If the New York Times' Floyd Norris weren't such a gentleman, he'd come out and call real estate billionaire Samuel Zell's crappy offer for the Tribune Co. what it is: a steal for Zell, an undeserved bonanza for the company's current management, and an exit for the panicked Chandler family, which owns 20 percent of the firm.
Meanwhile, the "creative" financing that is the deal from Zell screws Tribune's 21,000 employees like wing nuts.
In two pieces published late last week—"Zell Gets Veto Power at Tribune" and "The Deal Is Encouraging and Absurd" (subscription required)—Norris lays out the deal's complex details. Zell's offer has been approved by the board and can be derailed only by a superior offer, a lawsuit, or the regulatory interference of the Federal Communications Commission, which must approve any change in ownership of the company's two dozen broadcast outlets.
That Tribune stock is down about 40 percent from its January 2004 price says reams about Wall Street's view of Tribune management and its assessment of the future of the newspaper business. Tribune owns the Los Angeles Times, the Chicago Tribune, the Baltimore Sun, Newsday, and several others, which are a drag on the profits of its 23 television stations. That no serious corporate media bidder emerged, no Viacom, no News Corp., no Disney, and no Washington Post Co., speaks volumes about how old-media industry insiders view Tribune's condition—as well as how they view their own future.
Zell and management intend to take the $8.2 billion publicly traded company private by creating an employee stock ownership plan, or ESOP, that will borrow the needed billions to buy back shares. According to Los Angeles Times reporter Michael A. Hiltzik, Zell's investment of $315 million will give him the right to buy 40 percent of the company. Meanwhile, Zell has what Norris calls "veto control" over the company's operation.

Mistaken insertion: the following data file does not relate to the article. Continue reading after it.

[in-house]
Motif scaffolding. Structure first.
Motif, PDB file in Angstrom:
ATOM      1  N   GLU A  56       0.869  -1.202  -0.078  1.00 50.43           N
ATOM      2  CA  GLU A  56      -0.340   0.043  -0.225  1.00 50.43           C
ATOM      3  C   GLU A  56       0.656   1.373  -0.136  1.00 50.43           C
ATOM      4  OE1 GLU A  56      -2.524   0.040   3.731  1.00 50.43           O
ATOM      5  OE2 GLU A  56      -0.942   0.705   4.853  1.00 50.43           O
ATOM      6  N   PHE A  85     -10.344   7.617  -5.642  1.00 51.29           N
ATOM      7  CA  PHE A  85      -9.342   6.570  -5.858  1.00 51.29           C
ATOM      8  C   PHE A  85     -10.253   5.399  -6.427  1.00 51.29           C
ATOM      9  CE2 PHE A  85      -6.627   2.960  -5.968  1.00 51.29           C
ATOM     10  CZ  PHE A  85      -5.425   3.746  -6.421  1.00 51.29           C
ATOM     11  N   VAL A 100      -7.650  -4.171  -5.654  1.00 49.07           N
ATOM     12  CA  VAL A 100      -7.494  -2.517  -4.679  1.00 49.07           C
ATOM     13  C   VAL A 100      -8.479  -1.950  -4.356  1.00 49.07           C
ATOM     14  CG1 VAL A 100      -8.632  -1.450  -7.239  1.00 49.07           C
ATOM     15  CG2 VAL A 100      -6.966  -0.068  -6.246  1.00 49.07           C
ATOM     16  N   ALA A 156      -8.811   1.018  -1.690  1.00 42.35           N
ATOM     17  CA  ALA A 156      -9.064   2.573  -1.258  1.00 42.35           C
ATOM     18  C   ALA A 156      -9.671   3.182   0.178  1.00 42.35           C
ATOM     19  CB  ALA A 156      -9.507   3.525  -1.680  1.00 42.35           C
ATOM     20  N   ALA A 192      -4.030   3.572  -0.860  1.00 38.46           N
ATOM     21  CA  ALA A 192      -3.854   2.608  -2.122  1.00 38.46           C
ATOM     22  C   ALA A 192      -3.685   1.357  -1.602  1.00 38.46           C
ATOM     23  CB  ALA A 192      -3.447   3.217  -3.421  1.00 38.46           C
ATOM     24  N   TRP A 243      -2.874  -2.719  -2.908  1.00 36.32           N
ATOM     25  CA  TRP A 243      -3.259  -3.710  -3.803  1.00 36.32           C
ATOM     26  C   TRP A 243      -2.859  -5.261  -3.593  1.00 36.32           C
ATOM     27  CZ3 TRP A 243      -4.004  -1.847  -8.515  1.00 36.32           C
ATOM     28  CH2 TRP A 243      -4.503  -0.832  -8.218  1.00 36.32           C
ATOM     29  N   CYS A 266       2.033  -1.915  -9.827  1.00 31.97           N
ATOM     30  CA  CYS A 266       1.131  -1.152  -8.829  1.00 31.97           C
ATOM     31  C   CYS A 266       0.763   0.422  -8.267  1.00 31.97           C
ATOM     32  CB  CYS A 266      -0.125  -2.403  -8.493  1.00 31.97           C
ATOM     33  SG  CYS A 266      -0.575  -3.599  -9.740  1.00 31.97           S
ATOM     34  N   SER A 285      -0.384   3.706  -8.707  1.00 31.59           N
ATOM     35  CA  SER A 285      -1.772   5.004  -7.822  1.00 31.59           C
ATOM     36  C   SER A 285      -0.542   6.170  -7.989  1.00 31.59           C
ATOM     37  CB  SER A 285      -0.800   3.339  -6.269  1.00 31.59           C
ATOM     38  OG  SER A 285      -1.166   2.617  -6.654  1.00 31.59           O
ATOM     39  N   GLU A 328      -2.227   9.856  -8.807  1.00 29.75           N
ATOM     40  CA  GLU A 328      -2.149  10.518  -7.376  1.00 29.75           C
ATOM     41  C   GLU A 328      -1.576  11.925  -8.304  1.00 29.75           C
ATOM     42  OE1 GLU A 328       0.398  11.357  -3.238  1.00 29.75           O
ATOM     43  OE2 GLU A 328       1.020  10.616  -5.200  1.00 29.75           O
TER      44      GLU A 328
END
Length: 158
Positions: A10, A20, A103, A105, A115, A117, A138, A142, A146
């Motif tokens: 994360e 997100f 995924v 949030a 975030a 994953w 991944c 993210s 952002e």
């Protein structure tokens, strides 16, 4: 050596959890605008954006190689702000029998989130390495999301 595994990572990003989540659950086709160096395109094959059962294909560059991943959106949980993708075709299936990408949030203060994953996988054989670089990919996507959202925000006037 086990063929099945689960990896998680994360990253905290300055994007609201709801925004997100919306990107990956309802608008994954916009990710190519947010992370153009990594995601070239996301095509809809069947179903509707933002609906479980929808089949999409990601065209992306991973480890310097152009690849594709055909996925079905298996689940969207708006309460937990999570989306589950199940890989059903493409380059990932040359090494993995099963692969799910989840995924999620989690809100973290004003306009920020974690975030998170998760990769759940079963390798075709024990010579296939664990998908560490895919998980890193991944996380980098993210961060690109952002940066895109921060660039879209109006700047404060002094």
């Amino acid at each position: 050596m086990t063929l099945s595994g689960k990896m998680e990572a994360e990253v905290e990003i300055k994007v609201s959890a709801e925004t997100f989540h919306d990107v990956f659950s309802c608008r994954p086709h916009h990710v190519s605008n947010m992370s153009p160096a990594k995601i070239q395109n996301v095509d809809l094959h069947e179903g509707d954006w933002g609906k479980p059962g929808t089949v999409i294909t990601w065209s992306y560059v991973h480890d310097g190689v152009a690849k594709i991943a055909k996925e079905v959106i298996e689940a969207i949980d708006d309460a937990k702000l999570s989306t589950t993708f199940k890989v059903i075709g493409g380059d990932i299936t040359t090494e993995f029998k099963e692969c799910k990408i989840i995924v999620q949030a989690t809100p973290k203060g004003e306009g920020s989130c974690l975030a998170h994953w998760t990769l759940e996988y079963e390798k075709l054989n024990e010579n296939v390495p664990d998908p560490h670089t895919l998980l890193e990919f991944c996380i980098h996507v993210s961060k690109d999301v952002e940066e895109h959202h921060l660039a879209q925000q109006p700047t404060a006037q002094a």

What's in it for current management, the ding-a-lings who are to blame for Tribune's stock woes? As in many of these leveraged buyouts, the ding-a-lings get to keep their jobs, hence their enthusiasm for the deal. When the Los Angeles Times' Hiltzik asked Tribune Chairman and Chief Executive Dennis J. FitzSimons in so many words if the deal wasn't a bit too sweet for Zell, FitzSimons mouthed the corporate cliché that the deal was about "maximizing shareholder value." Maximizing shareholder value includes, writes Norris, an 8 percent stake in Tribune for managers and key employees "via phantom stock." These stockholder minimizers will also qualify for $6.8 million in bonuses. (FitzSimons is declining his.)
Zell's restructuring Tribune as an ESOP has nothing to do with a desire to partner with employees or give them a say in how he runs Tribune. Zell digs ESOPs because they're exempt from hundreds of millions of dollars of taxes on paying down principal and interest payments. Profits—if there are any—are tax-exempt, too. In his Reflections of a Newsosaur blog, Alan D. Mutter notes that "tax losses also can be valuable to investors like Sam Zell, who may want to reduce the taxes owed on gains from other projects with certain near-term losses generated by Tribune Co."
It's worth mentioning that ESOPs got their start as a way to give labor a stake in companies and to give unions incentives to work with management on benefits, etc. But there's none of that here. Zell is just flexing the ESOP as a financial tool.
Believers in "fair taxation" recoil at the tax favors lavished on ESOPs. In this case, they may ask why one profitable media company, say, Gannett, should have to pay a whole slew of taxes while its profitable competitor Tribune dodges them.
What's in it for employees? Louis Uchitelle of the New York Times writes that the trustee who represents the ESOP is usually appointed by the owners at the outset and need not ordinarily consult the employees on the company's operation. A Chicago Tribune piece reports that the Tribune ESOP would distribute a "stocklike unit" to employees based on the company's performance instead of the cash contributions that currently go to their retirement accounts. According to Norris, most employees won't be able to cash out unless they've retired or are over 55 and have worked for the company for 10 years. But what about the holders of "phantom stock," those key personnel given 8 percent of the company's shares? They'll be allowed to start tapping their money much earlier and with fewer conditions, Norris writes.